Wheel of the Year

The Wheel of the Year refers to the annual cycle of seasonal festivals on the Pagan calendar. To Pagans, the year is broke up into either 4 or 8 distinct periods or seasons. Those periods are festivals of course. One thing is clear and that is all Pagans observe one or both types of the Wheel of the Year. Indeed, it is one of the very basics in the life of a Pagan, especially so for Wiccans.

The Wheel of the Year doesn’t belong to the religion of Wicca alone. Most Pagans celebrate some or all seasons of the wheel. After all, this is part of the circle of life. However, in Wicca, the Goddess or God, The Divine pair, are responsible for all natural creations.

The Goddess represents the Moon and the Earth while the God represents the Sun. Since Wiccans celebrate death and rebirth, this cycle becomes more apparent depending upon the time of year.

While the Sun (God) dies off in the Winter period, the Earth (Goddess) remains waiting for the rebirth.

Heathen woman in the woods holding a candle lamp
The feminine and masculine relationship obviously allows for procreation too. Hence the celebration of the cycle of life.

Wheel of the Year

Wheel of the year heathen and pagan
The following applies to the Northern Hemisphere, so for the Southern Hemisphere, just advance the calendar by 6 months. Some Pagans celebrate each festival at the same time regardless of where they live. However, this is personal choice.

Both the solstices and the equinoxes collectively have the name of ‘quarter days’ because they cut the Wheel of the Year into four. They are also the ‘Earth Days’. While the other four points cut through the wheel have the name, ‘cross quarter days’. These are the ‘Solar Days’. Of course all segments are roughly equal.


While most people know about the existence of solstices and equinoxes, most don’t exactly know what them mean. To begin with, there are 2 solstices and 2 equinoxes. Firstly, the two solstices are when the sun is either at its most northerly or southerly in the sky. Therefore, the Summer solstice is when the Sun is most northerly and the Winter solstice is when the Sun is at its most southerly point. The usual date for the Summer solstice is, 21st June and for the Winter solstice, 21st December.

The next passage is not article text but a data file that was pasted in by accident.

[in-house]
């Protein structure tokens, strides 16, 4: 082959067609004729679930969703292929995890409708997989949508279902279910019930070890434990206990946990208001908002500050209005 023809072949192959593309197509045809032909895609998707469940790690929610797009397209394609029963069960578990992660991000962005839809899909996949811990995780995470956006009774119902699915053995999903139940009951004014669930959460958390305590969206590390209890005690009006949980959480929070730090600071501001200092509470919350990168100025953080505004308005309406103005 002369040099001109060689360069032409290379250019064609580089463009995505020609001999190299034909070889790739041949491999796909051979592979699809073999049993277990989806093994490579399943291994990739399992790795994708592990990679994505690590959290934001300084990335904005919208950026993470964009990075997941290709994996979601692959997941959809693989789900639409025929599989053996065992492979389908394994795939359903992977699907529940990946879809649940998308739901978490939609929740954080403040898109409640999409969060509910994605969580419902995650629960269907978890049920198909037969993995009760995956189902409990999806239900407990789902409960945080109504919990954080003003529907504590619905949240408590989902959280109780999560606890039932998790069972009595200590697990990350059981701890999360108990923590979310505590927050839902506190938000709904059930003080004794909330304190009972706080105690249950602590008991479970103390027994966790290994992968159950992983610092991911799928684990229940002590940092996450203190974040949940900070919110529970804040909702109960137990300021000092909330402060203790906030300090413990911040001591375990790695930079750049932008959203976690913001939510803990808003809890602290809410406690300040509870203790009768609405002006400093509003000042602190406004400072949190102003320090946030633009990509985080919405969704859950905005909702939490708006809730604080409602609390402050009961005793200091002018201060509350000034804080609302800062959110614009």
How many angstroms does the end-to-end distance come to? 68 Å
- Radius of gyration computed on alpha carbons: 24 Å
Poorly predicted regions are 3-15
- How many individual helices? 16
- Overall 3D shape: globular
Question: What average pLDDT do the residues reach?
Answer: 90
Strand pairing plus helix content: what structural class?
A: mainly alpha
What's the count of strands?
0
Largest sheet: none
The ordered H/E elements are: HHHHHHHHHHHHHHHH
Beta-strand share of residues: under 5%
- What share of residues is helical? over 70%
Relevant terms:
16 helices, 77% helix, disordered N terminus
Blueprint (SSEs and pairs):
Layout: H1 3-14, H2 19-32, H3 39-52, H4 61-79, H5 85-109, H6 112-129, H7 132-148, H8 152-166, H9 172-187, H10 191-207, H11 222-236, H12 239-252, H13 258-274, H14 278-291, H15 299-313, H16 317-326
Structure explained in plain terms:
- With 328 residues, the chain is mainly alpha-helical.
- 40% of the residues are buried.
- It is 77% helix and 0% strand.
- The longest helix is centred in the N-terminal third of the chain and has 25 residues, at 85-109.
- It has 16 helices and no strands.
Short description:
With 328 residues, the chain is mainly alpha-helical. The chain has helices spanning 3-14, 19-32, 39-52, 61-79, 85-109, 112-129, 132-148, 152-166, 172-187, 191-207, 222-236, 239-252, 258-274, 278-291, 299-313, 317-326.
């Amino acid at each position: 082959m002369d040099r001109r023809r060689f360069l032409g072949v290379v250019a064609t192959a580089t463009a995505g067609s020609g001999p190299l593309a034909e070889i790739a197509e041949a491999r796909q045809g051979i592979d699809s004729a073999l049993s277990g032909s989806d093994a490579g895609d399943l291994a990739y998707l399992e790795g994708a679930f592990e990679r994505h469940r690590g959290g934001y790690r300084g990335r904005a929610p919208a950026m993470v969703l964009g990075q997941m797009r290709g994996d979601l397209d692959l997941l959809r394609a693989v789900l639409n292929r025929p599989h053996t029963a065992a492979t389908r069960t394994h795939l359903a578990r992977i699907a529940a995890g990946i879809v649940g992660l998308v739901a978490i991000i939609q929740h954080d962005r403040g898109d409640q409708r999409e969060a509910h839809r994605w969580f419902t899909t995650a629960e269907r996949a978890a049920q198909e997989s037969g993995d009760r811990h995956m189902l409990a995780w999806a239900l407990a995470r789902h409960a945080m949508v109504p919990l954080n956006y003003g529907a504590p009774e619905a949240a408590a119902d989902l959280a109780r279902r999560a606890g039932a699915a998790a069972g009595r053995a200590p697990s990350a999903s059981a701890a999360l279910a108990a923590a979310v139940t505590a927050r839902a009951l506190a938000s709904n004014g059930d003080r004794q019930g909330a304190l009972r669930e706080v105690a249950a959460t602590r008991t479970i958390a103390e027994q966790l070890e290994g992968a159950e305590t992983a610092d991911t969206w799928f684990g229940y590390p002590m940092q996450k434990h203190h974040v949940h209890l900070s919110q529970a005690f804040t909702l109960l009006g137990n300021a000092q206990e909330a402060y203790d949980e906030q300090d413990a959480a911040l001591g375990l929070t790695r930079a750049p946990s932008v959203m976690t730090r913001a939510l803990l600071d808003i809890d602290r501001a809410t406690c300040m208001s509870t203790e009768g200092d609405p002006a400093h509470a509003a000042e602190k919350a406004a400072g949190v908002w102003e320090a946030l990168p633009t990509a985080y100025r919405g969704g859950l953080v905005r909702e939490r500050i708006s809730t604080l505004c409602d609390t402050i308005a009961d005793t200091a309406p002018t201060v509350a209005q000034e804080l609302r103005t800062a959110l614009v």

The equinox refers to a time when the sun is directly over the equator. At this point of time the amount of daylight is equal to the same amount of time it remains dark. This also happens twice per year. Those dates are usually, 20th March and the 23rd September. At this time, we refer to those dates in the northern hemisphere as the Spring equinox and the Autumn equinox respectfully.


Since Wiccans celebrate the cycle of life, festivals take place for the seasons that occur on the Wheel of the Year. Therefore, think of it as celebrating death and rebirth. Indeed, these play a major part of community activities for Wiccans. Those 8 important seasons on the Wheel of the Year have the name of Sabbats. Of course, Wiccans can use these periods for a ritual or an informal get-together.

For Witches, those who are not in a coven can still perform Sabbat rituals knowing that their energy join together with all other Wiccans and Pagans worldwide. Just to point out that the 4 main ‘quarter days’ usually have the name of ‘Greater Sabbats’ while the ‘cross quarter days can have the name ‘Lesser Sabbats’. This is because the ‘Earth Days’ are times of greater energy. In effect, neither is unimportant, all of them have important meanings.

Celebrations and rituals across the Wicca faith can vary of course. However, the Goddess and God relationship play a big part in the ritual process. So, there may be more focus on life, death, fertility, harvest or abundance etc. Again, this depends on what is more appropriate for the season.


Finally, the Sabbats are a great time for celebration rituals. They are also a time for joy and can be uplifting for those taking part. So, here is a list of the eight Sabbats, click on each one to learn more.

Wheel of the Year - list of 8 Sabbats and festivals - Yule, Imbolc, Ostara, Beltane, Litha, Lammas Mabon, Samhain

Wheel of the Year image

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